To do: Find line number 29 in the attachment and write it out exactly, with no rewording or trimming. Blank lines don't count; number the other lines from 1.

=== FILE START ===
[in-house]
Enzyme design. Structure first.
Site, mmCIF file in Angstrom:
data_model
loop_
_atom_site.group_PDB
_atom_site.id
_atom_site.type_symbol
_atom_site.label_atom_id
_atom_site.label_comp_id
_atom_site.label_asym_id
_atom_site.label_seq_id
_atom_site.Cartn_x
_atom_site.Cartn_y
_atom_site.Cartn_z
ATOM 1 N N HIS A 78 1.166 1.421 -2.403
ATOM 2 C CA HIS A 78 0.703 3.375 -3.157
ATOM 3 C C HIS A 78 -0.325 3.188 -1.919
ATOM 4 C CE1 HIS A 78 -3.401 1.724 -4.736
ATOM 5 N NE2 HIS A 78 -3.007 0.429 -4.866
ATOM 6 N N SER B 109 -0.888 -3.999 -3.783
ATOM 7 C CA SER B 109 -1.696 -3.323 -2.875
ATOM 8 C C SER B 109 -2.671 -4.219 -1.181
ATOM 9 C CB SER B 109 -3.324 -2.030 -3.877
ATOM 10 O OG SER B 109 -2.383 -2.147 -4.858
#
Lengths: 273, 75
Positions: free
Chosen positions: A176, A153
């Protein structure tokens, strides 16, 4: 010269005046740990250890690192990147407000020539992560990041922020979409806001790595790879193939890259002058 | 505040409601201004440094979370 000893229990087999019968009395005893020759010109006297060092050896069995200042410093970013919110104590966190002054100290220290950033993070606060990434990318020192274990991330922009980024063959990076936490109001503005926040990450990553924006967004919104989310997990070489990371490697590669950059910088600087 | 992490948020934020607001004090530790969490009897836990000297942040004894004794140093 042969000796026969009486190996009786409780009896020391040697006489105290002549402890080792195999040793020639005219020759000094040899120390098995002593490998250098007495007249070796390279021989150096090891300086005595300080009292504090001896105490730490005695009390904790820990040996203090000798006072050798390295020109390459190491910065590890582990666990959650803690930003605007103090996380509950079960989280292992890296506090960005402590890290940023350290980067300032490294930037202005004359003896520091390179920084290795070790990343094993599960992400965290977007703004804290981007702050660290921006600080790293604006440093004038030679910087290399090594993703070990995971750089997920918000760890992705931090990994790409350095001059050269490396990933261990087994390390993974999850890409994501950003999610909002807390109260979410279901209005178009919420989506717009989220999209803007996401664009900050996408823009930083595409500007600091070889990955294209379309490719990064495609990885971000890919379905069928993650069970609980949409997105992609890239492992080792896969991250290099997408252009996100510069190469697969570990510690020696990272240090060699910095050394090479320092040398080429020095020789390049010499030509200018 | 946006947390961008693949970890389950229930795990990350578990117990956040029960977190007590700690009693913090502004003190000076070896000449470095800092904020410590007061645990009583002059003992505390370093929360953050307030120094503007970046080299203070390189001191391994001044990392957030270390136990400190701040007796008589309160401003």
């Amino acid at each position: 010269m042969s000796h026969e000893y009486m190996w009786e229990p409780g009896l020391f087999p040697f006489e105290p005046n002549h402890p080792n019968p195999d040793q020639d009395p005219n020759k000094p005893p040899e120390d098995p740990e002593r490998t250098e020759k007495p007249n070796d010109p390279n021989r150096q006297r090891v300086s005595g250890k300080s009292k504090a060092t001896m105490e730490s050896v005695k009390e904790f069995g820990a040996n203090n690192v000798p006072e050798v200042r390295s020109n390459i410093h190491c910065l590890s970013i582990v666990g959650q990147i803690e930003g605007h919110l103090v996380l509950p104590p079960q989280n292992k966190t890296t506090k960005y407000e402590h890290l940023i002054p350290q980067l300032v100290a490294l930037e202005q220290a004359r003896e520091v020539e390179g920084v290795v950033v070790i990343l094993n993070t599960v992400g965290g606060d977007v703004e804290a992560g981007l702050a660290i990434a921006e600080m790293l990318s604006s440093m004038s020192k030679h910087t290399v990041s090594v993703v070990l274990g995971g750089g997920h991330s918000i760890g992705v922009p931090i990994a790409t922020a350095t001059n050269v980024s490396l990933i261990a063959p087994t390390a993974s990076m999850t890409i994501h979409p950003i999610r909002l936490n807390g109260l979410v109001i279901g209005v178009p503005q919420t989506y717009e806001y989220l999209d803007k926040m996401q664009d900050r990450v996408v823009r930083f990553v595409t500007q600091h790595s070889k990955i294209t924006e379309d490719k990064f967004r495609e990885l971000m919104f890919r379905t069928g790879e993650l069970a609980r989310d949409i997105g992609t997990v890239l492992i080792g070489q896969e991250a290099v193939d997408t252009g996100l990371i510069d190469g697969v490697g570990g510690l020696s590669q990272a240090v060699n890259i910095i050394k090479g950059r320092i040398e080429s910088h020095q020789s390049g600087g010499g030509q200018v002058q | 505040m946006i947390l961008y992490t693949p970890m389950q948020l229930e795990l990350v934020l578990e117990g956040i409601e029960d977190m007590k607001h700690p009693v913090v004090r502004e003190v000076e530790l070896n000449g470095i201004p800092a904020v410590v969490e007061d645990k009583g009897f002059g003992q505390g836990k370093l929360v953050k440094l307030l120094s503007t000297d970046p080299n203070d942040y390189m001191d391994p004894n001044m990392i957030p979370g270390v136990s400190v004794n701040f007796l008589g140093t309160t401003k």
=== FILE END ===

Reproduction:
Chosen positions: A176, A153